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Is Fall Prevention Technology the Answer?

In 2010 about 21,000 older adults died from falling injuries, and 2.3 million nonfatal fall injuries among older adults were treated in emergency departments. By 2030, more than 72 million Americans (nearly 1 in 5) will be 65 and older. As a result, researchers and health care experts are looking for ways to prevent falls and injuries; to keep elders safe, upright and standing on both feet.

This has sparked an outbreak of monitoring technology designed to help prevent elders from falling and/or injuring themselves at home. This booming market includes such devices as:
  • Personal emergency management (call pendants). If an elder falls or is in trouble (sudden dizziness and balance problems), they can push a button that notifies the caregiver. The device can also detect a fall and loss of consciousness and send for emergency help immediately.
  • Video/audio monitoring systems. Allow caregivers to view an elder and their activities remotely and respond quickly to problems. Makes it possible for a caregiver to assess an elder’s health or safety by having a conversation and make some general observations about their well being without having to travel to the individual for each visit.  Family members and health professionals may be able to communicate using this same device in the home. 
  • Sensors. Designed to detect unsafe movement or patterns of movement (such as frequent trips to the bathroom at night) in the home. This provides information to caregivers about the safety of the elder.
  • Fall alarms. Designed to detect unsafe movement form beds, chairs, wheelchairs, and toilet.
  • Medication devices. Designed to remind elders to take their medication and/or dispense proper drug/dose, and monitor adherence (not taking medications properly is a major cause of falls).  

Some of the concerns surrounding monitoring technology include:
  • Will elders be able (and willing) to use the technology; especially wearable alarms.
  • Optical devices (such as video cameras) can be intrusive and may invade an elder’s privacy (people worry that someone’s watching their every move).
  • Price (the cost of the device and monthly monitoring charges). Typically, insurance companies and Medicare/Medicaid do not in all instances provide reimbursement for monitoring technology.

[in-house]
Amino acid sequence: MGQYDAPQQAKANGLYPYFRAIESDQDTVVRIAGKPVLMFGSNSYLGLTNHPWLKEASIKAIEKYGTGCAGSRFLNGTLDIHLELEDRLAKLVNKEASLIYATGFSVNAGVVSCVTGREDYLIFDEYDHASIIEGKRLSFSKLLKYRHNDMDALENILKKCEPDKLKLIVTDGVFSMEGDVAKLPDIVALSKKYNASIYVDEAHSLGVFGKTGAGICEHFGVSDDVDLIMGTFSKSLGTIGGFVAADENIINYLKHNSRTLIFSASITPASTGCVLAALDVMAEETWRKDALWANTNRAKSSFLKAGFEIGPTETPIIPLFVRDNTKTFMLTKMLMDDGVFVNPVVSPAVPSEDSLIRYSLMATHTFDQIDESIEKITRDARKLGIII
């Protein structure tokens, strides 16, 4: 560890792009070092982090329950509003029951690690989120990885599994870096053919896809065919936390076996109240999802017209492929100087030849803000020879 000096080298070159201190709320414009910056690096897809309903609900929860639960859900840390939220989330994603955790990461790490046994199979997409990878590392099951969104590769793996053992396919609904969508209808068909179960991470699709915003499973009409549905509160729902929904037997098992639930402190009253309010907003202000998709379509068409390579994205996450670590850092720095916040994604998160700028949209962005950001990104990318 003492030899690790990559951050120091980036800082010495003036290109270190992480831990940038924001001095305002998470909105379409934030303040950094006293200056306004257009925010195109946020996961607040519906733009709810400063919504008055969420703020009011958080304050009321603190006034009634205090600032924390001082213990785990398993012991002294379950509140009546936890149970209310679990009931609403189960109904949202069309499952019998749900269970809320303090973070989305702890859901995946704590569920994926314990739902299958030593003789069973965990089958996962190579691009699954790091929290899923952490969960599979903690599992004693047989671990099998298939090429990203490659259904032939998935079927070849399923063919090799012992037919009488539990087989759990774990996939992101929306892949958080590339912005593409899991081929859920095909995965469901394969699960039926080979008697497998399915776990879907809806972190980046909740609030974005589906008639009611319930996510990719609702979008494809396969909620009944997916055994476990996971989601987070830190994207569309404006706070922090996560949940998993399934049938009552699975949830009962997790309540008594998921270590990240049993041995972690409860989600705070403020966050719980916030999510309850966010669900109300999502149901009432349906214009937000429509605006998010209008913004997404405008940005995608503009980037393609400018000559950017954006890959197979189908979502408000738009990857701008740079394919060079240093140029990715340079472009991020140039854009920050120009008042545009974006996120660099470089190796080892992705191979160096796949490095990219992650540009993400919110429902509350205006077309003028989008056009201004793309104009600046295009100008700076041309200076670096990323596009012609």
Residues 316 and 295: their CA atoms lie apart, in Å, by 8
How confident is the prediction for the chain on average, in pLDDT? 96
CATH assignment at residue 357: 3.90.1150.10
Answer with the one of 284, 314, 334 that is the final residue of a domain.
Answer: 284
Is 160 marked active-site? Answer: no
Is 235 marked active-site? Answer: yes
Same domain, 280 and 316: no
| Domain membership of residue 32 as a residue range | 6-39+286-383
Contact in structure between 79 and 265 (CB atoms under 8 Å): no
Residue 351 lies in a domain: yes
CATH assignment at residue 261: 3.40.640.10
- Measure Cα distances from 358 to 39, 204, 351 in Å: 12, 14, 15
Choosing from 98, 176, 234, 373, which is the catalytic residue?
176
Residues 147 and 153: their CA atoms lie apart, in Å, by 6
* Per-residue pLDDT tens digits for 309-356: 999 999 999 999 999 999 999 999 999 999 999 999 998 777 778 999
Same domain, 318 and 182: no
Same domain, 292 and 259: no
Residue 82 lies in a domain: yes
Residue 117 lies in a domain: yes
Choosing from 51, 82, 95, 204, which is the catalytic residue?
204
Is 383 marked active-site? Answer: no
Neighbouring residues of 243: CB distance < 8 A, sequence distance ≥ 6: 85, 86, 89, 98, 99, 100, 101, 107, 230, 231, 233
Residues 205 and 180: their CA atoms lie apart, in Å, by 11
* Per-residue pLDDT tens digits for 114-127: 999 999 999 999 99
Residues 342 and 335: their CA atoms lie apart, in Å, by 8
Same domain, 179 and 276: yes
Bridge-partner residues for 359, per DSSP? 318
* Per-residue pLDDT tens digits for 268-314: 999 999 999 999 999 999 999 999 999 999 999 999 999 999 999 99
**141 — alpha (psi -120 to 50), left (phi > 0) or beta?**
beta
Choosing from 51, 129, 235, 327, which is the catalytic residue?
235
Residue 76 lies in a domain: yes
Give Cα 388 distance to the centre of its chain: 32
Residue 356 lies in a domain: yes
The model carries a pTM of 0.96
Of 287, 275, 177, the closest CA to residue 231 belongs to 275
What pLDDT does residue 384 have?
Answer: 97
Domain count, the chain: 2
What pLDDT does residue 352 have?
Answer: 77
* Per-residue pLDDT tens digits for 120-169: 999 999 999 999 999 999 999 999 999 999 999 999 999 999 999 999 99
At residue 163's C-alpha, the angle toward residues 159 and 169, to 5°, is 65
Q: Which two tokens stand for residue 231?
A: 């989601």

Is ‘fall prevention technology’ the answer for you?

If your goals as a caregiver include increased independence and safety for your loved one, monitoring technology may be an option, but it may not be right for everyone. 

Caregivers should ask about and consider the following before using (or purchasing) monitoring technology:
  • The ability of the technology to adequately help, considering the elder’s health problems, physical limitations, and safety needs.
  • The ability of the technology to enhance the elder’s independence while decreasing their risk of falling.
  • The ability of the technology to allow the elder to remain at home or return to home after hospital discharge.
  • Whether it is better to have technology or a caregiver (or both) in the home to help manage an elder’s safety risk.
The risks and benefits of using technology are best answered by you (the caregiver), the elder and all health professionals caring for the elder’s specific needs. You should be informed of and understand:
  • What are the risk and benefits of monitoring technology?
  • What alternatives to monitoring technology may be more appropriate?
  • What type of monitoring technology is best for your situation?
  • What protections are there about data storage (or recordings); how will privacy be protected?